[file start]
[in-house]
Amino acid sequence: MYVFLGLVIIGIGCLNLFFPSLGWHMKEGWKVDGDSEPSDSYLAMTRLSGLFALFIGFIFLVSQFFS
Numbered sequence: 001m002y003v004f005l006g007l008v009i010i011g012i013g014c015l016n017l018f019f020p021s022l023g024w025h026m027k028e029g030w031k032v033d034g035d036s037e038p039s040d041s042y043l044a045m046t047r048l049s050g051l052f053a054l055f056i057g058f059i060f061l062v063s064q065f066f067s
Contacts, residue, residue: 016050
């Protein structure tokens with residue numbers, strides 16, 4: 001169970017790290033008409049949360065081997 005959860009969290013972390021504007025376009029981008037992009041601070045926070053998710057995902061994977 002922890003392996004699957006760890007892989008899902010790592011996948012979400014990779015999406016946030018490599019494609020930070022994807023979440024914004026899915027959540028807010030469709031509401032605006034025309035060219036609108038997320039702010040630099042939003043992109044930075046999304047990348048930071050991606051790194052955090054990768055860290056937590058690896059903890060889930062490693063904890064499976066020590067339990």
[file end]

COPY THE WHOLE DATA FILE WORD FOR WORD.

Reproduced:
[in-house]
Amino acid sequence: MYVFLGLVIIGIGCLNLFFPSLGWHMKEGWKVDGDSEPSDSYLAMTRLSGLFALFIGFIFLVSQFFS
Numbered sequence: 001m002y003v004f005l006g007l008v009i010i011g012i013g014c015l016n017l018f019f020p021s022l023g024w025h026m027k028e029g030w031k032v033d034g035d036s037e038p039s040d041s042y043l044a045m046t047r048l049s050g051l052f053a054l055f056i057g058f059i060f061l062v063s064q065f066f067s
Contacts, residue, residue: 016050
């Protein structure tokens with residue numbers, strides 16, 4: 001169970017790290033008409049949360065081997 005959860009969290013972390021504007025376009029981008037992009041601070045926070053998710057995902061994977 002922890003392996004699957006760890007892989008899902010790592011996948012979400014990779015999406016946030018490599019494609020930070022994807023979440024914004026899915027959540028807010030469709031509401032605006034025309035060219036609108038997320039702010040630099042939003043992109044930075046999304047990348048930071050991606051790194052955090054990768055860290056937590058690896059903890060889930062490693063904890064499976066020590067339990």